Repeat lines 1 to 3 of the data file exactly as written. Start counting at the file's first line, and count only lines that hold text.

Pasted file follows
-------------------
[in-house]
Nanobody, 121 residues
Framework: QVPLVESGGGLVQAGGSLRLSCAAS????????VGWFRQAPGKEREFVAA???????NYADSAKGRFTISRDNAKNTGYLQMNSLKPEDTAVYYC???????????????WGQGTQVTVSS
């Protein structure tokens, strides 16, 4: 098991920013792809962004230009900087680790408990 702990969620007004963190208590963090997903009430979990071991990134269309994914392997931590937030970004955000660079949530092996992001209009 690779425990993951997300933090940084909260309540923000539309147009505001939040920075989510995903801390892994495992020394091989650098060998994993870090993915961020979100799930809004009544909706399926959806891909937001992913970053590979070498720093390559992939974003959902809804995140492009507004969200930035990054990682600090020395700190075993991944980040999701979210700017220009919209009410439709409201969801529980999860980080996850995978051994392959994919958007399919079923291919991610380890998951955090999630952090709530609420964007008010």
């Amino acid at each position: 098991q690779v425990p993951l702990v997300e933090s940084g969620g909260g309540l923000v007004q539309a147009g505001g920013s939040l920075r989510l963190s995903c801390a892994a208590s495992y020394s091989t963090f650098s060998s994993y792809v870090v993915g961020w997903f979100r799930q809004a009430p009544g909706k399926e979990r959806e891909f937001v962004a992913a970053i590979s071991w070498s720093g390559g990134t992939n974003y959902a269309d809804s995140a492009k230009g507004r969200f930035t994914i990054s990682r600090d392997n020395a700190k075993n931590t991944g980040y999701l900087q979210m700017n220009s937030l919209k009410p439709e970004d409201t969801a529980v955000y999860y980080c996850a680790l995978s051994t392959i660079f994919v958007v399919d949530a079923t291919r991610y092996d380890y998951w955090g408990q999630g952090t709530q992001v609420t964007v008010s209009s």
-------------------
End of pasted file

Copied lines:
[in-house]
Nanobody, 121 residues
Framework: QVPLVESGGGLVQAGGSLRLSCAAS????????VGWFRQAPGKEREFVAA???????NYADSAKGRFTISRDNAKNTGYLQMNSLKPEDTAVYYC???????????????WGQGTQVTVSS